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Amsterdam considering a new bridge made from autonomous boats

Row, row, row your “roboat” gently down the stream

Rendering of small orange robotic boats on waterway in Amsterdam. MIT’s Sensible City Lab

Amsterdam is a city of bridges, some of them widely experimental. But a new concept from MIT’s Sensible City Lab and the Amsterdam Institute for Advanced Metropolitan Solutions trumps them all with roundAround, which imagines the bridge as a series of autonomous boats that shuttle people across waterways.

If this sounds like a ferry, stop right there. Carlo Ratti, head of the Sensible City Lab, explains that these intelligent electric “roboats” (robotic boats) will be able to navigate Amsterdam’s waterways on their own while they shuttle hundreds of passengers every hour.

“The roboat units of roundAround will autonomously respond to and learn from the dynamics of this Amsterdam waterway,” Ratti says. “As they operate, the system will become increasingly more intelligent and well-equipped to be implemented in other parts of the city and other cities worldwide.”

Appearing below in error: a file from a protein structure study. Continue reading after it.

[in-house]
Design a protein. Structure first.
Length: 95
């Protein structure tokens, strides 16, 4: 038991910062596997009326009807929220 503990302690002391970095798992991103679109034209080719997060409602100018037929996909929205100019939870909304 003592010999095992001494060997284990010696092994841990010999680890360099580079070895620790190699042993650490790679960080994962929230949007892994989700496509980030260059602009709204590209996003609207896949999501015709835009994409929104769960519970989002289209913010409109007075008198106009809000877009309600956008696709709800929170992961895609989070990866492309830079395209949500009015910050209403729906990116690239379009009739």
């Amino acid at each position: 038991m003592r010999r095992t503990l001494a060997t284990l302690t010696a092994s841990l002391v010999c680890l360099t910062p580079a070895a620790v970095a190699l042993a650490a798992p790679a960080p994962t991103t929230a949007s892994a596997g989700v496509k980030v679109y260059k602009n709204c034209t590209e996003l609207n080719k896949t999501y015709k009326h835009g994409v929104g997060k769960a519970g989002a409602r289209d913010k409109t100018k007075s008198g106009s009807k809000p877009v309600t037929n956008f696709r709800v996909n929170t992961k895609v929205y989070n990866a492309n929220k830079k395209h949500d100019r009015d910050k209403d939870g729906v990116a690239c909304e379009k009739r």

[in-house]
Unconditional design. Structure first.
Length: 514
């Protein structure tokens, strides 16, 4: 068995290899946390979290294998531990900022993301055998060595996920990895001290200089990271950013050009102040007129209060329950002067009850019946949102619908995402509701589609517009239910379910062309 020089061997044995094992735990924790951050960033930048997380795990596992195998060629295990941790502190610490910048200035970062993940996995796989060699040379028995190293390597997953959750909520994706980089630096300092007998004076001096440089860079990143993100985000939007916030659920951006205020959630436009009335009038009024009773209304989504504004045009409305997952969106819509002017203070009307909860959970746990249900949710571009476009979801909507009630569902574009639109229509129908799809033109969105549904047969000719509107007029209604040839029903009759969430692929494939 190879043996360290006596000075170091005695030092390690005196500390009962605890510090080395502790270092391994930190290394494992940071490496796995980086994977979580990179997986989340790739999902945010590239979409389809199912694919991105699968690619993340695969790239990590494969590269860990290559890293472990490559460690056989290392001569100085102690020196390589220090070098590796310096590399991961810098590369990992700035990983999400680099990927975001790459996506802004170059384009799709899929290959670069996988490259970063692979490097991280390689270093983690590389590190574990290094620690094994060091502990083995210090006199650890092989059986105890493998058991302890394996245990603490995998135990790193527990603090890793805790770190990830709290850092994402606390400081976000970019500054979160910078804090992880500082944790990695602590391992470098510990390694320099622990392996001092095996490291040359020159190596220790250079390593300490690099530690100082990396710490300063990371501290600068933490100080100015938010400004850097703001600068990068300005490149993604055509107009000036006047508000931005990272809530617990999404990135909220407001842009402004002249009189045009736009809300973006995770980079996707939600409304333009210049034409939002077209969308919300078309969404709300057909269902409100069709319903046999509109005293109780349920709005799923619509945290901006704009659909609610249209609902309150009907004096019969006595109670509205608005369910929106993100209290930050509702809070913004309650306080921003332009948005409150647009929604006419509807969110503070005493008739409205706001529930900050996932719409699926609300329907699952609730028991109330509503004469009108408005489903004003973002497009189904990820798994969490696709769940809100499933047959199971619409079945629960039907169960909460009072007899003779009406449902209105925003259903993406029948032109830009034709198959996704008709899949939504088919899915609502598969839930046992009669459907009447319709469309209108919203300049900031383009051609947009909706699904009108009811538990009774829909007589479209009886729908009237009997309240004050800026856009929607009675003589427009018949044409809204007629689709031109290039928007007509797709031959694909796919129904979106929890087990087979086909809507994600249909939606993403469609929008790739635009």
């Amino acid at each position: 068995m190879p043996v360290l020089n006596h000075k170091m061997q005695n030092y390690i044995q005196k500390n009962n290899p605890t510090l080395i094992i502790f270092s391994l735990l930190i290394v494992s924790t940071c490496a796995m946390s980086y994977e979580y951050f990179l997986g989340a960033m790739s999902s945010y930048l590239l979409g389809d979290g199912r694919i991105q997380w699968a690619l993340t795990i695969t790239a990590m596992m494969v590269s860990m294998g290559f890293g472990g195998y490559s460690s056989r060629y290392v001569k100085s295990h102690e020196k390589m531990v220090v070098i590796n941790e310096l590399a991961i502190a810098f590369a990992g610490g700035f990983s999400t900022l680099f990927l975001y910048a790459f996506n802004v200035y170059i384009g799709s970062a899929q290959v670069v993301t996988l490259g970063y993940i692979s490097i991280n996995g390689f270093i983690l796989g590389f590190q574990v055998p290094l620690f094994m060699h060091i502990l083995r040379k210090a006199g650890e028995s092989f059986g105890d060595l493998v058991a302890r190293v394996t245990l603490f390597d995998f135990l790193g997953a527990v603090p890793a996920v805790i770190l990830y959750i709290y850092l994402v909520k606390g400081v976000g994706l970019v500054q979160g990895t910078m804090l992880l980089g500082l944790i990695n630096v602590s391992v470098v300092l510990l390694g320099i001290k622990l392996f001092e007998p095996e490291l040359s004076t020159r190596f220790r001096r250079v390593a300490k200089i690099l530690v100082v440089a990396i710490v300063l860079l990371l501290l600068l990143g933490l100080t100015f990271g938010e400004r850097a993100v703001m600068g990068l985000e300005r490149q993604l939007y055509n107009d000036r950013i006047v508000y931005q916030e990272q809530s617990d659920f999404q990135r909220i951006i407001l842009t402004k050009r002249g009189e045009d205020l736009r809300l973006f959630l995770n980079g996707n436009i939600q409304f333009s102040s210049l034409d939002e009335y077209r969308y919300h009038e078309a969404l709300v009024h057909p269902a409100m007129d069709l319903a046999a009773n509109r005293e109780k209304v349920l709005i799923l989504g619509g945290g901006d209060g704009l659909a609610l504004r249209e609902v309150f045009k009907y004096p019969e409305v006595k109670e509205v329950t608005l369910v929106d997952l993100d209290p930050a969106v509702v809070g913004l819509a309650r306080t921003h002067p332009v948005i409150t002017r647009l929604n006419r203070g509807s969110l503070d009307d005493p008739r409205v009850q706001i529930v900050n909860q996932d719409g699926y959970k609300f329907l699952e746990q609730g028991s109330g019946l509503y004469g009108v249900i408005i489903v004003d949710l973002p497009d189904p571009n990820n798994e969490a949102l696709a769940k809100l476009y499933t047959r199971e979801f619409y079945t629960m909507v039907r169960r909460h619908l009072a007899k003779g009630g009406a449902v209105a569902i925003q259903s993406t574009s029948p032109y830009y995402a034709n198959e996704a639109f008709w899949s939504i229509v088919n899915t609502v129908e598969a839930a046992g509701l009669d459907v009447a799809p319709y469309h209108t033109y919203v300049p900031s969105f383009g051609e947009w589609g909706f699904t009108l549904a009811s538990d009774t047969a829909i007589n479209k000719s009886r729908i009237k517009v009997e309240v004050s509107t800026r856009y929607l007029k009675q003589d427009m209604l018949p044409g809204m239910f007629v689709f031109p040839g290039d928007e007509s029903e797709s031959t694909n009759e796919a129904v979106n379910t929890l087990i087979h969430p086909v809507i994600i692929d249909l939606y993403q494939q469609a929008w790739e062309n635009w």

People stand on a dock in a rendering of the small orange electric boats. MIT’s Sensible City Lab

The boats will traverse the waterway between Marineterrein and Amsterdam’s city center in a circular motion, picking up and dropping off passengers at the two docks on either side of the river. The roboats will be equipped with cameras and Lidar sensors that ensure the self-sailing boats don’t bump into each other (the boats can also move in eight directions).

Why roboats instead of a fixed bridge? Sensible City Lab says that this section of the waterway poses challenges for urban engineers because it’s an important fixed mast route for larger boats. Any bridge wold need to be very tall, resulting in a more expensive bridge that takes a long time to construct.

For now, the concept boats are a solution for transporting humans over the waterway, but Ratti believes that the roboats will also someday be a solution for delivering packages, picking up trash, and providing tugboat assistance to other vessels.

An aerial rendering of boats in the water, traveling in a circle from one side of the dock to the other. MIT’s Sensible City Lab